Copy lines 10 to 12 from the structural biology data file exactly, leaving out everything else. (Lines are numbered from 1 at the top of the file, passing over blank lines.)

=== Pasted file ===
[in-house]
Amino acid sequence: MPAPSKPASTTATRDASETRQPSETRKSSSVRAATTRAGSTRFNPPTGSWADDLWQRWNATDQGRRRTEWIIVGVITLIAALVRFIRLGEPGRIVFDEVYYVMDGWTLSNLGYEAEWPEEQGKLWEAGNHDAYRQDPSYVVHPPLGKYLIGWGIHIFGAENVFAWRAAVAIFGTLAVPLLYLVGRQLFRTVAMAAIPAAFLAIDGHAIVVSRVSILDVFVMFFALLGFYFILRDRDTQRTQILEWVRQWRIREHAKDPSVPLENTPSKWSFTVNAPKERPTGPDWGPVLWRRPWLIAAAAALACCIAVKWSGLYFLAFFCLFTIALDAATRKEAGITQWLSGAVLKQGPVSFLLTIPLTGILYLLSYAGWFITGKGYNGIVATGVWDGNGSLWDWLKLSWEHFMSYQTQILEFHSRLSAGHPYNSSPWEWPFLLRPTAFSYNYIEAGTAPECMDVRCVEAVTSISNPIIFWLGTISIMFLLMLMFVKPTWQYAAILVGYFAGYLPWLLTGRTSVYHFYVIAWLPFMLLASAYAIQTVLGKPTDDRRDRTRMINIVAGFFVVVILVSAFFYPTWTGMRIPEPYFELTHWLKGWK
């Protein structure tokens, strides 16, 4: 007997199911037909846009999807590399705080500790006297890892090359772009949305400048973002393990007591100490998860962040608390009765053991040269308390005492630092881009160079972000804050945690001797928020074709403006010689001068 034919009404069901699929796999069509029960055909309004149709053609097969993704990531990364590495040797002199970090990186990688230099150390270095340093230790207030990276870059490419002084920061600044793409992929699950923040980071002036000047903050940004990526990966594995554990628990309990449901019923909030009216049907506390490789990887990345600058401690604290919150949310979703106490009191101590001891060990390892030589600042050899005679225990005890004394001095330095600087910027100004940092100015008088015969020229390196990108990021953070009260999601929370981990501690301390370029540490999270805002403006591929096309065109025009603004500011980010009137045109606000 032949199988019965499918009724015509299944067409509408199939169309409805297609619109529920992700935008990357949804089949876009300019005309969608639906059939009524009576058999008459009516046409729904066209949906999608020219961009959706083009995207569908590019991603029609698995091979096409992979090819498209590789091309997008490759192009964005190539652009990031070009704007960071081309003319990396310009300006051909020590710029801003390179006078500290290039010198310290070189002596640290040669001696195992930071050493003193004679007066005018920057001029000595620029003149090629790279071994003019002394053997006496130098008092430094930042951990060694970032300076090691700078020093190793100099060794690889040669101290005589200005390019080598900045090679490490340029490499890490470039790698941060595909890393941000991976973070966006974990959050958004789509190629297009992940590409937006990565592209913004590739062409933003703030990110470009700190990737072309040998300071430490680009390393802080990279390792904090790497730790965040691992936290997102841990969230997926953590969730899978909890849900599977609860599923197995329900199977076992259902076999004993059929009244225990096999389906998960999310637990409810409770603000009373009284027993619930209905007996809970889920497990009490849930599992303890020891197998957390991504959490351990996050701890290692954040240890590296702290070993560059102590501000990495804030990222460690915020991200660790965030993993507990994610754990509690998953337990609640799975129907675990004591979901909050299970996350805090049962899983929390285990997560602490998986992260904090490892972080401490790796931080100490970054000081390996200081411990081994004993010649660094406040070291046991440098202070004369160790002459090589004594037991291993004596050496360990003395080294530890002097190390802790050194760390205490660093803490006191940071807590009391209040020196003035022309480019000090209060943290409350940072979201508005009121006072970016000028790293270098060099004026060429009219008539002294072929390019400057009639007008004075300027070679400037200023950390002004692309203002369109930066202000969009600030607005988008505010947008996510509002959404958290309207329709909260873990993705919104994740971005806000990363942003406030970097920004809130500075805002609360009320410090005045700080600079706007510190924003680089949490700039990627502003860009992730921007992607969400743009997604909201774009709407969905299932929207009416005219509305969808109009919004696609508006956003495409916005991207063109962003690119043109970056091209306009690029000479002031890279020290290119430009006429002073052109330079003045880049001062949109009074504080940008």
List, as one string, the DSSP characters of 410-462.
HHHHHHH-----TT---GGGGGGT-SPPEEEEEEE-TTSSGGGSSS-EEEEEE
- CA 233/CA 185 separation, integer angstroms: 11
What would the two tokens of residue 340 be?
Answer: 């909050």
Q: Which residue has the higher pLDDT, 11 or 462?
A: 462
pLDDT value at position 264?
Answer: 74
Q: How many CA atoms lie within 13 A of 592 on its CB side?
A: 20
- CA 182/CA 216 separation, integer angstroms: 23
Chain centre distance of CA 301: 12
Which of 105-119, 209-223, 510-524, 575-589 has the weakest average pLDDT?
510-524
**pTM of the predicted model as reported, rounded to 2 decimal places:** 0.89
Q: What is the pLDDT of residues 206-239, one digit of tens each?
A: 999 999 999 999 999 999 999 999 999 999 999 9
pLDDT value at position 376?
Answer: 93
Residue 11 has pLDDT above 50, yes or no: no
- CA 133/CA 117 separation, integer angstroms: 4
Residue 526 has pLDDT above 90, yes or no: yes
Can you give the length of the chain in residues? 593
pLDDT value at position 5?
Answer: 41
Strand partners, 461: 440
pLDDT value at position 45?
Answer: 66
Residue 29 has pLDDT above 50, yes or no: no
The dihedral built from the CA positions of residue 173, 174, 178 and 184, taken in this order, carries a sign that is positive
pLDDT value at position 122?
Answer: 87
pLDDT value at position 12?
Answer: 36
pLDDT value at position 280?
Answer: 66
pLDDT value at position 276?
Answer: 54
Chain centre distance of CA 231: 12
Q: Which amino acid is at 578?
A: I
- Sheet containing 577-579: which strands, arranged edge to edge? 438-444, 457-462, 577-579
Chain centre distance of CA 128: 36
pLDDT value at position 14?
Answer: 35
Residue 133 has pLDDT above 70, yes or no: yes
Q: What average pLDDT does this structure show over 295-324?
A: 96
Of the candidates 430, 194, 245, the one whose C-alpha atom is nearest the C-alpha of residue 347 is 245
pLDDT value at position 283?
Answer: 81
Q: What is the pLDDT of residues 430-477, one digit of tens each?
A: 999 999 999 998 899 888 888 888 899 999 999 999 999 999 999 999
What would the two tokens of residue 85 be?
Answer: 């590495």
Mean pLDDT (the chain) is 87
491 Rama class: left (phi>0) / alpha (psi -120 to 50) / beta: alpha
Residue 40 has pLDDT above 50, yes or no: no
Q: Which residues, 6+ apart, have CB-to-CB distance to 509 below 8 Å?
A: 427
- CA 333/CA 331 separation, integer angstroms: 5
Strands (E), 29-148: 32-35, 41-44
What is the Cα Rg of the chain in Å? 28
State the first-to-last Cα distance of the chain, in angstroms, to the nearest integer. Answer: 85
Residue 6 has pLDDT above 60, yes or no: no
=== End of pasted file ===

A: 462
pLDDT value at position 264?
Answer: 74